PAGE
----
March 26, 2015 1:00 pm JST
Japan property market
TOKYO -- Tokyo Star Bank, acquired in 2014 by CTBC Bank, one of Taiwan's largest financial institutions, frequently receives inquiries from individual Taiwanese investors wishing to invest in Japanese real estate.
In fact, the Tokyo bank, which was bought for 53 billion yen ($438.67 million) in June last year, has become a gateway to Japan for Asian investors.
Tokyo Star Bank last December began offering loans to Taiwanese clients to purchase real estate in Japan. Under the new program, borrowers living in Taiwan are able to receive up to 500 million yen from the bank at low interest rates of around 2% thanks to the Bank of Japan's bold credit easing.
A government survey found that commercial land prices in Japan stopped falling year-on-year for the first time in seven years in the 12 months to Jan. 1. Recovering land prices are partially attributable to an inflow of funds from overseas investors as the value of Japanese real estate became more attractive on a weaker yen.
Real estate deals in Japan totaled 5.06 trillion yen in 2014, up 16% from the previous year, according to Urban Research Institute. In particular, transactions involving foreign companies, such as investment funds, soared 2.7 times to almost 1 trillion yen.
With the yen plunging in value by 14% against the dollar last year, Japanese real estate is attracting investors from overseas.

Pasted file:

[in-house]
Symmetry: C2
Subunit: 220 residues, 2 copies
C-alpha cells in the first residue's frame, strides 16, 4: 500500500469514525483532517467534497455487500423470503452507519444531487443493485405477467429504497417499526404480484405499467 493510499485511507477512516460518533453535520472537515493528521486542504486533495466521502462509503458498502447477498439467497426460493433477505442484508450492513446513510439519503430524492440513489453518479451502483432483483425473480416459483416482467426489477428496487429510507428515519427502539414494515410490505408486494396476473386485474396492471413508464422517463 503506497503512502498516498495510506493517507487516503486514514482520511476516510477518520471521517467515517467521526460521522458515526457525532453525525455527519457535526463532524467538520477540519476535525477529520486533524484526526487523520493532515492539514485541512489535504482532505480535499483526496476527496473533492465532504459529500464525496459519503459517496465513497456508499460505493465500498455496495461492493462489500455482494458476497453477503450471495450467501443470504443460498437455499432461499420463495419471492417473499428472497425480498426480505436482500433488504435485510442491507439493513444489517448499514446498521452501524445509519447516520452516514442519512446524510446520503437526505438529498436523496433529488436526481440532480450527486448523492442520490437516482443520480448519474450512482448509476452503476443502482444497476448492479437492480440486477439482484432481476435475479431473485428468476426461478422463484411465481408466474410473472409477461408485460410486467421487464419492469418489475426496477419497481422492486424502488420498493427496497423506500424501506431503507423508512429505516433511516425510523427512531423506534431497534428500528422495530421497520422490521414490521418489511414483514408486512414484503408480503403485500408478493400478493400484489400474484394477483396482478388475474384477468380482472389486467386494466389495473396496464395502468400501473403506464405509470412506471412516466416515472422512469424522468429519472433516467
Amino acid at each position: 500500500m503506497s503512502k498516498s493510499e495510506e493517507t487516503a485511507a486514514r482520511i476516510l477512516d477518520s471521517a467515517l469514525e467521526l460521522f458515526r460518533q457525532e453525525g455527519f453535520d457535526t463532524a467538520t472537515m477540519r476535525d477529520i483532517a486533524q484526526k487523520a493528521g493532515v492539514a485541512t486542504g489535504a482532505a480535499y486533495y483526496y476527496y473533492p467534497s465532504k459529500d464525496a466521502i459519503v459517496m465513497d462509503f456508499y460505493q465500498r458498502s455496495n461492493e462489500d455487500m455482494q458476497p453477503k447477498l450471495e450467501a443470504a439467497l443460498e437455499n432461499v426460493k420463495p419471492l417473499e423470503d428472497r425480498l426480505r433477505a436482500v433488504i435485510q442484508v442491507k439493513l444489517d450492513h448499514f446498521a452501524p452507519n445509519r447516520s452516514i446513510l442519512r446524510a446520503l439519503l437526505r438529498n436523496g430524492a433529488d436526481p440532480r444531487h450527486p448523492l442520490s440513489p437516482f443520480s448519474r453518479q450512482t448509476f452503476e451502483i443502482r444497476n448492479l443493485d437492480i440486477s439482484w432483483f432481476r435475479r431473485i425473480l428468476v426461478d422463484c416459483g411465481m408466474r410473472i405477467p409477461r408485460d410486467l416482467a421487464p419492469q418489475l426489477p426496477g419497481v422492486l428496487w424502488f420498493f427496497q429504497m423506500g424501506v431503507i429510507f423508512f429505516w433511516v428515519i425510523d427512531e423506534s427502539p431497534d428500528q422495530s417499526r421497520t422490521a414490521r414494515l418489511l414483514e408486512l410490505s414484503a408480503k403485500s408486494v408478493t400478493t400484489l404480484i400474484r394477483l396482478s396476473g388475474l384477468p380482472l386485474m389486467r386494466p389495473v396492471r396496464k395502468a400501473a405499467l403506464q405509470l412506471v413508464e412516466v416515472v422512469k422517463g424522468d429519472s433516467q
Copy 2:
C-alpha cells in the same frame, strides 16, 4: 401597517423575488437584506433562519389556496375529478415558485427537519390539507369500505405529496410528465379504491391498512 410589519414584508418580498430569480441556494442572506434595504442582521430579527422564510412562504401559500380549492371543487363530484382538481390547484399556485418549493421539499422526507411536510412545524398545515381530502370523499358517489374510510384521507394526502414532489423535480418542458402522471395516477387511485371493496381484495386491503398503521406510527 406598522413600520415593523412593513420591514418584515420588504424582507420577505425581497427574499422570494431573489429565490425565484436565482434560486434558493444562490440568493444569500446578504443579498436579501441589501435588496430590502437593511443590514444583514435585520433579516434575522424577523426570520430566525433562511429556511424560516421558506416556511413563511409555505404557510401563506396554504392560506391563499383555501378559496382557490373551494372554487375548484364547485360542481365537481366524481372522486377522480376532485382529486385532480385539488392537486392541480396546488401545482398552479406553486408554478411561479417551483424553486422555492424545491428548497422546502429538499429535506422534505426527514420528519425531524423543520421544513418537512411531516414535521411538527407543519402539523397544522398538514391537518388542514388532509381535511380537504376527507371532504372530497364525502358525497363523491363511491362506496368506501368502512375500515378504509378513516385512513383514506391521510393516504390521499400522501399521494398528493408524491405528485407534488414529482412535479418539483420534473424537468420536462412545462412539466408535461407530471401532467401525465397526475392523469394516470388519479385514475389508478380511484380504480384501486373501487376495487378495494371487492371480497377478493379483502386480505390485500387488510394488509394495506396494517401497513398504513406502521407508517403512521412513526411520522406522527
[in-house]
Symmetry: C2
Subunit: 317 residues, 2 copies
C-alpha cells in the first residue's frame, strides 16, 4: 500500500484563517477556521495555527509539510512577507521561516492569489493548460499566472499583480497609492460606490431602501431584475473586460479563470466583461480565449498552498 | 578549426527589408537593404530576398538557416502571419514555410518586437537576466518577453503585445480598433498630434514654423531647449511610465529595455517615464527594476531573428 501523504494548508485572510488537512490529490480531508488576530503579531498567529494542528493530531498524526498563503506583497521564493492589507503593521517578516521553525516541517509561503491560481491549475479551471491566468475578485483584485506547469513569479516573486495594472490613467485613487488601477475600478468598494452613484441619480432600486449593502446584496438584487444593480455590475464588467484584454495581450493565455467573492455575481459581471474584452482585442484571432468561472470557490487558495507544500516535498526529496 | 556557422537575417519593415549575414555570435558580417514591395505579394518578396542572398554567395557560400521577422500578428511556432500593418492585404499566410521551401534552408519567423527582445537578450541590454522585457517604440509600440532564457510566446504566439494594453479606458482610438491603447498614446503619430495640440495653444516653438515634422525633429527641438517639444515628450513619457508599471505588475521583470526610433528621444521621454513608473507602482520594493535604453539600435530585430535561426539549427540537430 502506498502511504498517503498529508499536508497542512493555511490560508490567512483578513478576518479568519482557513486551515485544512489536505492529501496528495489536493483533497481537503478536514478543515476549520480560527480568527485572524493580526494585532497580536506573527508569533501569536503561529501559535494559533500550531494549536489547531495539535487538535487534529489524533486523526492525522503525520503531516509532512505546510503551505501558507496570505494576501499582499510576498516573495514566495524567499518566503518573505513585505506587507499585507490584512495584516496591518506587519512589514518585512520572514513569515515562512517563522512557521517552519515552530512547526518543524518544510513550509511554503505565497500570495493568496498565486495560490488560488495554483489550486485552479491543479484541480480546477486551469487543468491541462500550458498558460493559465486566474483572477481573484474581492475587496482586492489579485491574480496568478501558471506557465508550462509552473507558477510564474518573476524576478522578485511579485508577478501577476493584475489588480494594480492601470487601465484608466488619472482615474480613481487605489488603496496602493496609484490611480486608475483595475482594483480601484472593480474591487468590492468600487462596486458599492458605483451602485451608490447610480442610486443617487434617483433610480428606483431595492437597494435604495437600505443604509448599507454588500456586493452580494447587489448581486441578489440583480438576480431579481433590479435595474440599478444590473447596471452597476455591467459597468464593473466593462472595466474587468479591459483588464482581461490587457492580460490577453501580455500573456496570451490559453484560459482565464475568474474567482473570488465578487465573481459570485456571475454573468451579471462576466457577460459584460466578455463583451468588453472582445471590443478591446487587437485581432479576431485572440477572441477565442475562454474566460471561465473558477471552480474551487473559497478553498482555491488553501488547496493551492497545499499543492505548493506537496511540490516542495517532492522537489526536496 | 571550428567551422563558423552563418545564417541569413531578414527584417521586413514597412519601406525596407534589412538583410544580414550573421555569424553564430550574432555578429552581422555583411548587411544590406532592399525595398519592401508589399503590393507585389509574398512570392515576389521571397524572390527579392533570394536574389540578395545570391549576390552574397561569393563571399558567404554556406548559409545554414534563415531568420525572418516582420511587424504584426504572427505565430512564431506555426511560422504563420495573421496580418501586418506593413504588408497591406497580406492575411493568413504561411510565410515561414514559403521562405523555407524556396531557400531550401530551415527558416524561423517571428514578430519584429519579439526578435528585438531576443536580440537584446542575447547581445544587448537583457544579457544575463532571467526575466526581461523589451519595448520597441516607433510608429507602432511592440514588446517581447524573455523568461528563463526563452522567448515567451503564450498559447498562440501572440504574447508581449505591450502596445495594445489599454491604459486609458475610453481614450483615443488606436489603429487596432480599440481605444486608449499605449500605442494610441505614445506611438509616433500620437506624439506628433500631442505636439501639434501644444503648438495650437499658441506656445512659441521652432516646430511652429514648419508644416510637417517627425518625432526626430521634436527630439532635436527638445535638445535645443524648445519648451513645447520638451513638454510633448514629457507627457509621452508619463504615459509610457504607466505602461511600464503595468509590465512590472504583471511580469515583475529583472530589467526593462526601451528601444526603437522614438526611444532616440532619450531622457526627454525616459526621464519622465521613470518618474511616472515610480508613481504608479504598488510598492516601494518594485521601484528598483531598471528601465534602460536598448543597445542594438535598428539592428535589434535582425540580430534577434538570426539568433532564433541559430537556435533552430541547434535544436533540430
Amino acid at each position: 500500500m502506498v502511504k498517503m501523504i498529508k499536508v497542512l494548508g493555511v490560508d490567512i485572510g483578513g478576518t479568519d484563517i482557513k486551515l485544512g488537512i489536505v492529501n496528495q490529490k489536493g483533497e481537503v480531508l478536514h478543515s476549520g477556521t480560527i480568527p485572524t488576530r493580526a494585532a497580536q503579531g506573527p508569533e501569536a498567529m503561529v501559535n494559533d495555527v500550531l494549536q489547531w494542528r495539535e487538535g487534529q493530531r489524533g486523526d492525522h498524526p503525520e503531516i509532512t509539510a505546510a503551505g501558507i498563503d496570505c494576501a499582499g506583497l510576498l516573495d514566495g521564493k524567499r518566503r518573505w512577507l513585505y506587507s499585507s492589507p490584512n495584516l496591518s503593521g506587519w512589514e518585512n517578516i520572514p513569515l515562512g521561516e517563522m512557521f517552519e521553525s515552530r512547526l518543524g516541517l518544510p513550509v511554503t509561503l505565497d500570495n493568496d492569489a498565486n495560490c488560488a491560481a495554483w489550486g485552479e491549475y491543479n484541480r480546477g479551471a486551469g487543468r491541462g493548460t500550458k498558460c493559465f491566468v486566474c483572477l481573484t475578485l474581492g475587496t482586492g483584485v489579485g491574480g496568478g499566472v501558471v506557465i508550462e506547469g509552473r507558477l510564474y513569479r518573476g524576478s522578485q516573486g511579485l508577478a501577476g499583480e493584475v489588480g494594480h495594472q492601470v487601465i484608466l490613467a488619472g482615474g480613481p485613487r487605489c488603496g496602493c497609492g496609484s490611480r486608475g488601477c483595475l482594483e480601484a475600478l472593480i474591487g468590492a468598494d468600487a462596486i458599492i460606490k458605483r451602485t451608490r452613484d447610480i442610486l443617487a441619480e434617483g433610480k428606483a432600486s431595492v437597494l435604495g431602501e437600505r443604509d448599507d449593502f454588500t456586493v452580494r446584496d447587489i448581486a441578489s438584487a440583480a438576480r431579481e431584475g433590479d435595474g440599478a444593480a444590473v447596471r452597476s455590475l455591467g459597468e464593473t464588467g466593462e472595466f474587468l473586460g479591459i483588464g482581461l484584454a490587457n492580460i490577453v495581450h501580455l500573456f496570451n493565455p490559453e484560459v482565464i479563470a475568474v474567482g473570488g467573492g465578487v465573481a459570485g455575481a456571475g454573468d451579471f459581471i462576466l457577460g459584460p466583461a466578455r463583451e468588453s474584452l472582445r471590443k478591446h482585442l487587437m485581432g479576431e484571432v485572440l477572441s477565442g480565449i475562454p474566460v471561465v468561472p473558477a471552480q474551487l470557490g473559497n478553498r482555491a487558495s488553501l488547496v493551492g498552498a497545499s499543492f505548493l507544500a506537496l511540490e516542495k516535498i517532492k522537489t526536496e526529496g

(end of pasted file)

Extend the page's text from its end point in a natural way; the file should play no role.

Property purchases by international investors are growing in scale as well. In October last year, Singaporean sovereign wealth fund GIC acquired the office component of the Pacific Century Place Marunouchi building in Tokyo's central business district for 170 billion yen. French insurer AXA Group purchased Nakano Central Park East, a large office building in the capital's Nakano Ward, for 37 billion yen.
The BOJ's extensive easing of credit has made domestic funds available for real estate investment, too. Unlisted private REITs are rising rapidly among the real estate investment trusts purchasing properties with investor capital to earn profits from rental fees and other revenue.
The value of assets held by private REITs, which pay relatively high yields averaging around 4%, topped 1 trillion yen in February, according to Sumitomo Mitsui Trust Research Institute.
Unlike listed REITs, private REITs solicit capital from financial institutions and other professional investors. In particular, they collect large funds from regional banks struggling to use their capital more efficiently due to a shortage of borrowers.
Of the 1 trillion yen assets held by private REITs, regional financial institutions accounted for nearly 20%, or 180 billion yen, up 70 billion yen from April last year.
Private REITs provide "one of a few ways for banks to earn returns in the scarcity of viable investment options," said Daiwa Securities analyst Maoki Matsuno.
But real estate investments also have risks.
Nippon Building Fund, Japan's largest REIT, purchased no real estate in the year ended in December because "prices were found rising considerably in Tokyo after analyzing a significant number of properties," said Kenichi Tanaka, president of Nippon Building Fund Management.
While Singapore's GIC purchased a property in front of Tokyo Station, an executive at a major Japanese real estate company said the deal "presupposes considerable rises in rents."
Another risk is that speculators may withdraw their funds from Japan if the depreciation of the yen comes to a halt.
Japan was said to be in a "mini bubble" in 2007 when the value of real estate deals topped 5 trillion yen. The property market then took a bad turn because of the global economic downturn the following year.
If recent real estate investments are speculative, they will not lead to a stable recovery in land prices.